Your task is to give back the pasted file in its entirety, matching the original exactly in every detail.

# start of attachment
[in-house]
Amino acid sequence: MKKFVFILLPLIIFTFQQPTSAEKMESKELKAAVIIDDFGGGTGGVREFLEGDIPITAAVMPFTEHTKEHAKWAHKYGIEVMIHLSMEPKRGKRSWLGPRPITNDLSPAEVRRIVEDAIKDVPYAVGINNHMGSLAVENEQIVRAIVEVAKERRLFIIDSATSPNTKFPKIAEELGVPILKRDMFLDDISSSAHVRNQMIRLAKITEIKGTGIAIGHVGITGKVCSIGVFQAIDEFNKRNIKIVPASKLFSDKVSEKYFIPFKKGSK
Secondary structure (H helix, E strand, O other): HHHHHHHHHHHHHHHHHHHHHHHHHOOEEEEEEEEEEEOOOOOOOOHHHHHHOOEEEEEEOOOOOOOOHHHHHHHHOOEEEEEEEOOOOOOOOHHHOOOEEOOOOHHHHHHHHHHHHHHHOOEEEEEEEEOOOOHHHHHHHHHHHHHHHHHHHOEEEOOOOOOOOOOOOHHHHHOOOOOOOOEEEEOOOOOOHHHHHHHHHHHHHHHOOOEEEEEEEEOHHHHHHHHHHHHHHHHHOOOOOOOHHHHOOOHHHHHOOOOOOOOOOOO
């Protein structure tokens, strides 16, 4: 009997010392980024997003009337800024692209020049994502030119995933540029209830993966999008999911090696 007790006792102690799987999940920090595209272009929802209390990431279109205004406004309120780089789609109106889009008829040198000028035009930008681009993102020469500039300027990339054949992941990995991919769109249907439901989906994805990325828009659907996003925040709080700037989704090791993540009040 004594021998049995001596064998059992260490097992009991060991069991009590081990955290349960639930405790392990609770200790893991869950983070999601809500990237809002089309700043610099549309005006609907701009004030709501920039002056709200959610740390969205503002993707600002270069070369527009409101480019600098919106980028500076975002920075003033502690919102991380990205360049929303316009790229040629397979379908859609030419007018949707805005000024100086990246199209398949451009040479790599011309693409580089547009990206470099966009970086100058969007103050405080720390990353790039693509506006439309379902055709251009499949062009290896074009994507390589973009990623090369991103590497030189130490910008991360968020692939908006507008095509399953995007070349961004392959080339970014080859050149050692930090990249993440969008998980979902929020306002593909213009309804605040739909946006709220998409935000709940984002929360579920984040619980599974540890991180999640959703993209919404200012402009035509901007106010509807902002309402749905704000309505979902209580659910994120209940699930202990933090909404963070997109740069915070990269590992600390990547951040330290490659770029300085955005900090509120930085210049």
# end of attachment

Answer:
[in-house]
Amino acid sequence: MKKFVFILLPLIIFTFQQPTSAEKMESKELKAAVIIDDFGGGTGGVREFLEGDIPITAAVMPFTEHTKEHAKWAHKYGIEVMIHLSMEPKRGKRSWLGPRPITNDLSPAEVRRIVEDAIKDVPYAVGINNHMGSLAVENEQIVRAIVEVAKERRLFIIDSATSPNTKFPKIAEELGVPILKRDMFLDDISSSAHVRNQMIRLAKITEIKGTGIAIGHVGITGKVCSIGVFQAIDEFNKRNIKIVPASKLFSDKVSEKYFIPFKKGSK
Secondary structure (H helix, E strand, O other): HHHHHHHHHHHHHHHHHHHHHHHHHOOEEEEEEEEEEEOOOOOOOOHHHHHHOOEEEEEEOOOOOOOOHHHHHHHHOOEEEEEEEOOOOOOOOHHHOOOEEOOOOHHHHHHHHHHHHHHHOOEEEEEEEEOOOOHHHHHHHHHHHHHHHHHHHOEEEOOOOOOOOOOOOHHHHHOOOOOOOOEEEEOOOOOOHHHHHHHHHHHHHHHOOOEEEEEEEEOHHHHHHHHHHHHHHHHHOOOOOOOHHHHOOOHHHHHOOOOOOOOOOOO
């Protein structure tokens, strides 16, 4: 009997010392980024997003009337800024692209020049994502030119995933540029209830993966999008999911090696 007790006792102690799987999940920090595209272009929802209390990431279109205004406004309120780089789609109106889009008829040198000028035009930008681009993102020469500039300027990339054949992941990995991919769109249907439901989906994805990325828009659907996003925040709080700037989704090791993540009040 004594021998049995001596064998059992260490097992009991060991069991009590081990955290349960639930405790392990609770200790893991869950983070999601809500990237809002089309700043610099549309005006609907701009004030709501920039002056709200959610740390969205503002993707600002270069070369527009409101480019600098919106980028500076975002920075003033502690919102991380990205360049929303316009790229040629397979379908859609030419007018949707805005000024100086990246199209398949451009040479790599011309693409580089547009990206470099966009970086100058969007103050405080720390990353790039693509506006439309379902055709251009499949062009290896074009994507390589973009990623090369991103590497030189130490910008991360968020692939908006507008095509399953995007070349961004392959080339970014080859050149050692930090990249993440969008998980979902929020306002593909213009309804605040739909946006709220998409935000709940984002929360579920984040619980599974540890991180999640959703993209919404200012402009035509901007106010509807902002309402749905704000309505979902209580659910994120209940699930202990933090909404963070997109740069915070990269590992600390990547951040330290490659770029300085955005900090509120930085210049």